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Eye Floaters Facts
Eye floaters are a very common condition, especially among older people. They can be benign, or pathological, the latter indicating a serious underlying problem. Here are the core eye floaters facts:
Eye Floaters Prevalence: Half of all adults will experience eye floaters at some point in their lives. As you get older, your chance of getting eye floaters increases, because the liquid in your eyes starts to lose its shape and integrity. However, even children can get eye floaters. Indeed, some people are born with eye floaters.
Eye Floaters Symptoms: The symptoms of eye floaters are mainly seeing dots, lines, or smoke in your field of vision. These floaters generally look white, grey or semi-transparent. They are more visible when looking at a bright background (e.g. looking at a sunny sky) and they tend to dart about when you move your eyes. The number of eye floaters is highly variable; some see a single one, others will see hundreds. In addition to these floaters, some people will experience flashes of light.
Eye Floaters - What are They: The objects you see are aggregations of proteins, debris or blood in the vitreous humor - the jelly-like substance that fills your ocular cavity and maintains the eyeball's shape. The floaters' location is behind the lens and in front of the retina.
What Causes Eye Floaters: In the vast majority of cases, eye floaters occur because of age-related alterations in the vitreous humor. This jelly-like substance tends to shrink and lose its fluidity with age, and this can cause dissolved proteins to aggregate and becomes visible. In addition, the vitreous humor can sometimes detach itself from the retina (this is fairly common) in a process known as posterior vitreous detachment. When this occurs, debris becomes visible. Less commonly, floaters may be tiny drops of blood. Blood may end up in the vitreous humor if a blood vessel bursts in the area or if there is a retinal tear.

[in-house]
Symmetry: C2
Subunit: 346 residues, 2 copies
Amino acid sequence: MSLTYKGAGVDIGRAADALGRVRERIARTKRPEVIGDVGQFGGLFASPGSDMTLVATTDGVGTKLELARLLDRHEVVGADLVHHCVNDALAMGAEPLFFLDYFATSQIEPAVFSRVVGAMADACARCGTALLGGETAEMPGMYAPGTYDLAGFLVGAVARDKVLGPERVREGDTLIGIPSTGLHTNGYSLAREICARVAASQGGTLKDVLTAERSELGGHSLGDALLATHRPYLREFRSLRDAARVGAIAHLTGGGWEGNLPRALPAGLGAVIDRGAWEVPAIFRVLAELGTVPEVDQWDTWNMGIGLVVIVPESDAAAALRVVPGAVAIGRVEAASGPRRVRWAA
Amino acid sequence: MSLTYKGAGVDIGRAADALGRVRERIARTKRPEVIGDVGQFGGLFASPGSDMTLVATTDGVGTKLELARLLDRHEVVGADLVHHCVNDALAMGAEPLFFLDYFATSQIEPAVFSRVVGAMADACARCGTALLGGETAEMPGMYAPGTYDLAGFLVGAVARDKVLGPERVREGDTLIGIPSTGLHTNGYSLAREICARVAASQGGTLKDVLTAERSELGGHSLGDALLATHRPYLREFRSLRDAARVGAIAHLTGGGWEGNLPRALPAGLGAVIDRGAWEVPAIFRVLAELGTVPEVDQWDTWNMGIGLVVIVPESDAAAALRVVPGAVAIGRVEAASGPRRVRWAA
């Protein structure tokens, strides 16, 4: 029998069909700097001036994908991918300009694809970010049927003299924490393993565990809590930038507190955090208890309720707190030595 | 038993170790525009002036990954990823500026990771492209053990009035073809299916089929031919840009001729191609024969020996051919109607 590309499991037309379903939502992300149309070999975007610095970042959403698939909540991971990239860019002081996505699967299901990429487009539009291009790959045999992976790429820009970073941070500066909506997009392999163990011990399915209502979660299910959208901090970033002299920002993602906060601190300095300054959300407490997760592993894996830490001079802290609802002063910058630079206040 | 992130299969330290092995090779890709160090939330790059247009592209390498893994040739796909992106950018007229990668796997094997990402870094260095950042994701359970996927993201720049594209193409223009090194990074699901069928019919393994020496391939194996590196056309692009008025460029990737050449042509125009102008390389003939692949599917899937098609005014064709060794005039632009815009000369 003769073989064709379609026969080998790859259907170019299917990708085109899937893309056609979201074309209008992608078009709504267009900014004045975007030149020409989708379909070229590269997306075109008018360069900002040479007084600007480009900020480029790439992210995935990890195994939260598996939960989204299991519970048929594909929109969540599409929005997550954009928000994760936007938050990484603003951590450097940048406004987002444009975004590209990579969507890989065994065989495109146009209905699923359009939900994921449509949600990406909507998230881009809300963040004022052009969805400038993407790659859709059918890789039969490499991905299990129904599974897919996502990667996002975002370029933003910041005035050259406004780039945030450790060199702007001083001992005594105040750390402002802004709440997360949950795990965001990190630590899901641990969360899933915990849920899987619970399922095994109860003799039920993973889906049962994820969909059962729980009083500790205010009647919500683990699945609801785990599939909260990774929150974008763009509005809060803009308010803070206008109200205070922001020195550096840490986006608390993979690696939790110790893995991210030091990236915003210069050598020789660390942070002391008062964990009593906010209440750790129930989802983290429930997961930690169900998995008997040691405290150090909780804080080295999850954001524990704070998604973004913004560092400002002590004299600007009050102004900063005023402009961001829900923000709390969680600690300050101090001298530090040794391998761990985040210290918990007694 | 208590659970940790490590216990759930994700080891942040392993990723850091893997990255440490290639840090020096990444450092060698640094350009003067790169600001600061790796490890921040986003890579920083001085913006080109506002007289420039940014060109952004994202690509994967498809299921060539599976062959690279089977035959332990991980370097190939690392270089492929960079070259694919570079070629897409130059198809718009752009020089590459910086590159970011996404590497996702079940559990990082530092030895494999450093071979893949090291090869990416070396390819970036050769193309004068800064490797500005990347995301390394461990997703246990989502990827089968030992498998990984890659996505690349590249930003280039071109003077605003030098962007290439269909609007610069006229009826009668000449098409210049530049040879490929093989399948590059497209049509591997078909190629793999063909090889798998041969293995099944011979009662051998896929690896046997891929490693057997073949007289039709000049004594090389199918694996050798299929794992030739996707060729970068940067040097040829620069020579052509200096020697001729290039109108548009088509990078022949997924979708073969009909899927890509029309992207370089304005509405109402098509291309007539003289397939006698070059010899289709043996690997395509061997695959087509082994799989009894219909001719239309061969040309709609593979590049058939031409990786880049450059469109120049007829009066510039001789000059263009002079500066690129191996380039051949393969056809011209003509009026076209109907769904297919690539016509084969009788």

Eye Floaters Treatment: You should always consult with your doctor when you develop eye floaters and when your eye floaters suddenly increase in number or density. This is to make sure that there is no serious underlying condition that is causing them. Unfortunately, conventional treatment for eye floaters is very limited. Most doctors will tell you to learn to live with them. The only medical procedures available for their removal are laser and vitrectomy. Laser removal involves the breaking up of the floaters by burning them with a laser. Vitrectomy involves the draining of the vitreous humor (together with the floaters) and replacing it with a saline solution. Both procedures are risky - laser removal can cause blindness and is not always effective, while vitrectomy can result in infection or cataracts.
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